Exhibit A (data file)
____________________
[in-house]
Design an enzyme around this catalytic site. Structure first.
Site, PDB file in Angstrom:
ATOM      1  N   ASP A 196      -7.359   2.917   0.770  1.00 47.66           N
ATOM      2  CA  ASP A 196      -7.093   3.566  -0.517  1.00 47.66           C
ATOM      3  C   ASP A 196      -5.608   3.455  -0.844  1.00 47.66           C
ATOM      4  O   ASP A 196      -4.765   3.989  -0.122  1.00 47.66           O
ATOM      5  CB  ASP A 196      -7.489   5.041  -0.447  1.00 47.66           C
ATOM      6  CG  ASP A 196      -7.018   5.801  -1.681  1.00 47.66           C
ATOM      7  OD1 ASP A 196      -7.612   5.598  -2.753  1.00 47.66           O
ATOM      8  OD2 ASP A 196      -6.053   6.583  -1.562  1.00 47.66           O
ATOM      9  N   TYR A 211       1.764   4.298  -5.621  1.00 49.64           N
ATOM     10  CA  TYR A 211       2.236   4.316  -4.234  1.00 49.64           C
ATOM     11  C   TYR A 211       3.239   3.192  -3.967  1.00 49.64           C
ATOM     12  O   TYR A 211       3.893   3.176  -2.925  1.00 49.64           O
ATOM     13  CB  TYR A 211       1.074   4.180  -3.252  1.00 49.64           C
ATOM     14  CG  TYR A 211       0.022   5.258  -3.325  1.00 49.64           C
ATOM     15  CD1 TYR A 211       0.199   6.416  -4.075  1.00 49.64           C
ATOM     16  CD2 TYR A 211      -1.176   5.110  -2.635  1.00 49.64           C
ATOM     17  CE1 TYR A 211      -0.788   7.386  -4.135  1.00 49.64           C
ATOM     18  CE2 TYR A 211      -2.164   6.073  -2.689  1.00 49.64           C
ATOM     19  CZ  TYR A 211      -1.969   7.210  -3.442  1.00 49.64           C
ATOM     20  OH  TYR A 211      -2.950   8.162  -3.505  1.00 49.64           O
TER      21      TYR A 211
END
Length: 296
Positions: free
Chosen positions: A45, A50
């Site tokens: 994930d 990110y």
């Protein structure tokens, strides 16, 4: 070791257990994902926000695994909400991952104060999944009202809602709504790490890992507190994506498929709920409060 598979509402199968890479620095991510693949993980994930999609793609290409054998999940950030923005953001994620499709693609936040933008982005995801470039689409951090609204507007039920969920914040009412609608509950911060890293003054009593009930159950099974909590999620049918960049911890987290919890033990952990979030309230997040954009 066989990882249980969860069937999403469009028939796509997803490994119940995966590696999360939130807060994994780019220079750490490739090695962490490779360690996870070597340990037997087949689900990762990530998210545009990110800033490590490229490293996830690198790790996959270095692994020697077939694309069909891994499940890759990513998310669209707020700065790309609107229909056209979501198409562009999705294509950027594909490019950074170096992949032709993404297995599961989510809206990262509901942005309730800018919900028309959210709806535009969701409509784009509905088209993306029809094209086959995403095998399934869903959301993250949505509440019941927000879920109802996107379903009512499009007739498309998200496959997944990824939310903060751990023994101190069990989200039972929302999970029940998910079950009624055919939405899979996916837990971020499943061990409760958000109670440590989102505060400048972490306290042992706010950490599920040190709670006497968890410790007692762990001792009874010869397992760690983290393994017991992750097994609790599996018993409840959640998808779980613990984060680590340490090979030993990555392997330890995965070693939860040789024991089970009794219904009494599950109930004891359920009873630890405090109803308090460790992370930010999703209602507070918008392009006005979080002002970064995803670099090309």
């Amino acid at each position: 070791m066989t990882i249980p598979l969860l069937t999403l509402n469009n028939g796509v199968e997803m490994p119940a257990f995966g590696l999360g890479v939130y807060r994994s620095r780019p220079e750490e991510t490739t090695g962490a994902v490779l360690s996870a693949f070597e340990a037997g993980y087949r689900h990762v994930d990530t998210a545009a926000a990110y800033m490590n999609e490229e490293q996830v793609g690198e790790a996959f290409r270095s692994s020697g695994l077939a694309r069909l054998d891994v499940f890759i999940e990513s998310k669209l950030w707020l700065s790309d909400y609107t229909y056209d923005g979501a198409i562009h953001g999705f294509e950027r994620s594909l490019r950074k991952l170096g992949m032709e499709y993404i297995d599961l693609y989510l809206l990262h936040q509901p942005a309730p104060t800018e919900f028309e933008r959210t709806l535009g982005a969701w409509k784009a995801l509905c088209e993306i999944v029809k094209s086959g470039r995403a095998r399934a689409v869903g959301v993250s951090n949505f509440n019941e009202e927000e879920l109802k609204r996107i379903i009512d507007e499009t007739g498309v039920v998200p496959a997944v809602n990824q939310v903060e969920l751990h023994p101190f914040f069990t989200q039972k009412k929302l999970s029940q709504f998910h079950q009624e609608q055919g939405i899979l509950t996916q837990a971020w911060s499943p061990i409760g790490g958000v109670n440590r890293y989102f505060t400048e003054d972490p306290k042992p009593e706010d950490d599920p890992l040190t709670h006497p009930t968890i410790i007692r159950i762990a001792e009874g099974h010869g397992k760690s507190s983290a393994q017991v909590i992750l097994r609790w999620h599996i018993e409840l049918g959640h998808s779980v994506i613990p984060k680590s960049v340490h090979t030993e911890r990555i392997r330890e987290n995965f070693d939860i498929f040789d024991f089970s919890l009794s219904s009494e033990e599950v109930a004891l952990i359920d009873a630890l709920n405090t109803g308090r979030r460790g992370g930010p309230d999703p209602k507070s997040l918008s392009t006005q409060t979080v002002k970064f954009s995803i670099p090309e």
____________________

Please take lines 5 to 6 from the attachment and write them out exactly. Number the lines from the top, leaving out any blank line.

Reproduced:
ATOM      2  CA  ASP A 196      -7.093   3.566  -0.517  1.00 47.66           C
ATOM      3  C   ASP A 196      -5.608   3.455  -0.844  1.00 47.66           C